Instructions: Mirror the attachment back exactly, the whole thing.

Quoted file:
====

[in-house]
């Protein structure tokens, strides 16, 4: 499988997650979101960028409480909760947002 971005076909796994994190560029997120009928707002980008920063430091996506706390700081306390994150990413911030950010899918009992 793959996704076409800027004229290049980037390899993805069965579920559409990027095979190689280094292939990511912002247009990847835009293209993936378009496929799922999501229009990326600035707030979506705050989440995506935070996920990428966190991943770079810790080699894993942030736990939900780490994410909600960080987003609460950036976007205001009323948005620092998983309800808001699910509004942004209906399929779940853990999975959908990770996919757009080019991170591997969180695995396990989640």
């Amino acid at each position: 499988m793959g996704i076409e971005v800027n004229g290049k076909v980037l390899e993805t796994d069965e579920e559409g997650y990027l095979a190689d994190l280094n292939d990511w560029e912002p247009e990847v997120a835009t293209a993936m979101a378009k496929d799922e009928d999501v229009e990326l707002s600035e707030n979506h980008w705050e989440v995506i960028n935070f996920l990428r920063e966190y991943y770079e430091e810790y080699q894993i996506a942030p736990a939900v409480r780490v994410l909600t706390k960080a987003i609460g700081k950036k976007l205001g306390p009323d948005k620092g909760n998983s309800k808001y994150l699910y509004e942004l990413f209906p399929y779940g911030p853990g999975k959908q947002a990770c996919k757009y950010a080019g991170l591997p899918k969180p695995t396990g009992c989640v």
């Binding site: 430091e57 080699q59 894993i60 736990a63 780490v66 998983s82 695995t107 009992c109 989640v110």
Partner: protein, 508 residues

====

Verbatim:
[in-house]
């Protein structure tokens, strides 16, 4: 499988997650979101960028409480909760947002 971005076909796994994190560029997120009928707002980008920063430091996506706390700081306390994150990413911030950010899918009992 793959996704076409800027004229290049980037390899993805069965579920559409990027095979190689280094292939990511912002247009990847835009293209993936378009496929799922999501229009990326600035707030979506705050989440995506935070996920990428966190991943770079810790080699894993942030736990939900780490994410909600960080987003609460950036976007205001009323948005620092998983309800808001699910509004942004209906399929779940853990999975959908990770996919757009080019991170591997969180695995396990989640």
């Amino acid at each position: 499988m793959g996704i076409e971005v800027n004229g290049k076909v980037l390899e993805t796994d069965e579920e559409g997650y990027l095979a190689d994190l280094n292939d990511w560029e912002p247009e990847v997120a835009t293209a993936m979101a378009k496929d799922e009928d999501v229009e990326l707002s600035e707030n979506h980008w705050e989440v995506i960028n935070f996920l990428r920063e966190y991943y770079e430091e810790y080699q894993i996506a942030p736990a939900v409480r780490v994410l909600t706390k960080a987003i609460g700081k950036k976007l205001g306390p009323d948005k620092g909760n998983s309800k808001y994150l699910y509004e942004l990413f209906p399929y779940g911030p853990g999975k959908q947002a990770c996919k757009y950010a080019g991170l591997p899918k969180p695995t396990g009992c989640v």
């Binding site: 430091e57 080699q59 894993i60 736990a63 780490v66 998983s82 695995t107 009992c109 989640v110």
Partner: protein, 508 residues